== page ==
Image of the word GOAL in all-caps, with the
Image by Tumisu from Pixabay. Pixabay license.

A couple of weeks ago, the directors of the Southeastern Association of Fish and Wildlife Agencies (SEAFWA) unanimously approved an explicit goal for Southeastern ecosystems. This was a high priority improvement in the Southeast Conservation Adaptation Strategy (SECAS). I’ve been talking about the steps leading up to this goal in my last few blog posts.

The Goal


  • 10% or greater improvement in the health, function, and connectivity of southeastern ecosystems by 2060


  • 1% improvement in the health, function, and connectivity of southeastern ecosystems every 4 years
  • 1% increase in conservation actions within the Southeast Conservation Blueprint every 4 years

Basis for the numbers

The long-term goal is intended to be both ambitious and achievable. It is based on a synthesis of 12 regional and subregional ecosystem assessments covering the Southeast (e.g., the Everglades Report Card, State of the South Atlantic, Chesapeake Bay Report Card, State of the Birds, etc.). The near-term goals identify minimum progress needed to stay on track with meeting the long-term goal.

Intended uses of the goal

  • Provide a simple description of what SECAS is trying to do. This will complement the broad SECAS vision of designing and achieving a connected network of landscapes and seascapes that supports thriving fish and wildlife populations and improved quality of life.
  • Attract additional sources of conservation funding to the Southeast. A shared goal and measurement system can help communicate the need for additional funding.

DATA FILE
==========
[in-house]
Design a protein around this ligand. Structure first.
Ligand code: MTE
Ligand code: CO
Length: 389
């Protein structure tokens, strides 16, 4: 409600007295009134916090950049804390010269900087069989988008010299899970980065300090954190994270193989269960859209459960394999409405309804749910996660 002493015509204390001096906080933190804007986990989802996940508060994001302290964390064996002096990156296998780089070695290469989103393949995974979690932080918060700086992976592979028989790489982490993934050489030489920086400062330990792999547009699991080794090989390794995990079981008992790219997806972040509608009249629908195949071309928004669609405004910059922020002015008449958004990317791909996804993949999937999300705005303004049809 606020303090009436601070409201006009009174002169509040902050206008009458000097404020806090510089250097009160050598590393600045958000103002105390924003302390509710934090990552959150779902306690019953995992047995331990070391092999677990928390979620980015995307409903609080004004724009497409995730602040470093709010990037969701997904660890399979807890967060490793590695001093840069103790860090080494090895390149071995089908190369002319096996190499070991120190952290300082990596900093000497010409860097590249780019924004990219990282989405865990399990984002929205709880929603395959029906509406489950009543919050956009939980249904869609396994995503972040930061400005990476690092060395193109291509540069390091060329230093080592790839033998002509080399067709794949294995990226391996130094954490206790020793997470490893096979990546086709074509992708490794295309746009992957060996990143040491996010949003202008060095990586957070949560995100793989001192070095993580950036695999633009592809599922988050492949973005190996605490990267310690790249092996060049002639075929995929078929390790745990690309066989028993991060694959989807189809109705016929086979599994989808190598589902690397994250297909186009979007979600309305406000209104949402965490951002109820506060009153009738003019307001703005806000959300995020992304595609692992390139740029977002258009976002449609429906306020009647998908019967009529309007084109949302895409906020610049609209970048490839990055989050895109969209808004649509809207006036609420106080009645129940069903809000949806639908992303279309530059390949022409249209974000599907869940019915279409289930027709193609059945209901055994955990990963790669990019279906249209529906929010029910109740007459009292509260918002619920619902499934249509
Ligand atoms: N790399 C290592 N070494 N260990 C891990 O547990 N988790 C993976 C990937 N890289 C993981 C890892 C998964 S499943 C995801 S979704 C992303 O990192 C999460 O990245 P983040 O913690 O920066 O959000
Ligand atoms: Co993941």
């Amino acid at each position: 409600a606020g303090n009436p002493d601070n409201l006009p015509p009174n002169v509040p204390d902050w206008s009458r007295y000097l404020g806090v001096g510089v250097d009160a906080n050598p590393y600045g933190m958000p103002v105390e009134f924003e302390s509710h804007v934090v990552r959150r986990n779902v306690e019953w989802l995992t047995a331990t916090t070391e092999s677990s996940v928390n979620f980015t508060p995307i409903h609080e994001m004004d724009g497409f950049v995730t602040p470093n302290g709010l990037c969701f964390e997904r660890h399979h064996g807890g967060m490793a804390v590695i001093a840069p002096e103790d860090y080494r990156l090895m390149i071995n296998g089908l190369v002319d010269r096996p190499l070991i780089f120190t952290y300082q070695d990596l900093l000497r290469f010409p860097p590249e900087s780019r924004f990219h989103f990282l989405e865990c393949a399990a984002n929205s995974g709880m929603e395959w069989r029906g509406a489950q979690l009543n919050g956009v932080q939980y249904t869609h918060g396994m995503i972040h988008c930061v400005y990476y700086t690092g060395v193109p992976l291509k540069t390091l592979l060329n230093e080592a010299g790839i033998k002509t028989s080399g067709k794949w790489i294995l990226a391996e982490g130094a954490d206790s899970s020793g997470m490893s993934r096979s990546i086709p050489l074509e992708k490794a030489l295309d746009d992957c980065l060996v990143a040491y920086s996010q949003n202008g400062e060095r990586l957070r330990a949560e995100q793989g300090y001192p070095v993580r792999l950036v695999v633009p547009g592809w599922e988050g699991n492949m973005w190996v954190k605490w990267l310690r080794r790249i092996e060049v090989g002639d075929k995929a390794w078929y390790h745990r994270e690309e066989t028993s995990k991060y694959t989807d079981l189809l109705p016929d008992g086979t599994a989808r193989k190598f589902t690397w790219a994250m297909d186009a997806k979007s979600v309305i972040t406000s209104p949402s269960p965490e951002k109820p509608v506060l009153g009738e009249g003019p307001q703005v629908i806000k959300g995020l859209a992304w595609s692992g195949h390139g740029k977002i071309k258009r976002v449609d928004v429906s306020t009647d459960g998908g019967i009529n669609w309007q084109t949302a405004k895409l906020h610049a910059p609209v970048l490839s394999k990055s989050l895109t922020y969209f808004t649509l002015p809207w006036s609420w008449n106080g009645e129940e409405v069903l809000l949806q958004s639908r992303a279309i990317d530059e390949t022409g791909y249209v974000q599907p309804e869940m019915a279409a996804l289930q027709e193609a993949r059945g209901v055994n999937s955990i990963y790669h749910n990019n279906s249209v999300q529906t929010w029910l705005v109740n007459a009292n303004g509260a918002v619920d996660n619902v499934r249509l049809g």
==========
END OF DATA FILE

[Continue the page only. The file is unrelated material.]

• Identify new opportunities for collaboration around shared interests. A shared goal and understanding of Southeastern ecosystem condition can help reveal new ways to work together that may not be obvious when looking at species and ecosystems in isolation.
  • Improve connections with “non-traditional” partners. A shared goal can help improve communication with private landowners, urban planners, forestry/agricultural interests, the Department of Defense, and other organizations shaping the lands and waters of the Southeast.

Next steps

The plan is to report on progress toward the goal every year based on existing, on-going assessments. Not all assessments release new information every year, but every year we do learn something new from some ongoing assessments. As you probably already know, there are a number of tricky things about doing this synthesis and it certainly won’t be perfect! One of the bigger challenges is tracking an increase in conservation actions within the Southeast Blueprint. There’s been great progress for tracking some types of actions, like land acquisition and prescribed fire, but others like economic incentives and restoration will be trickier.

We will also be incorporating the goal into our Blueprint user support. Many Blueprint users have asked for a goal like this to make a compelling case for why more conservation funding is needed and how projects fit into a larger strategy. If you’d like help using the Blueprint to support a proposal or to inform a decision, feel free to contact me, Hilary, or Louise. We’re glad to help.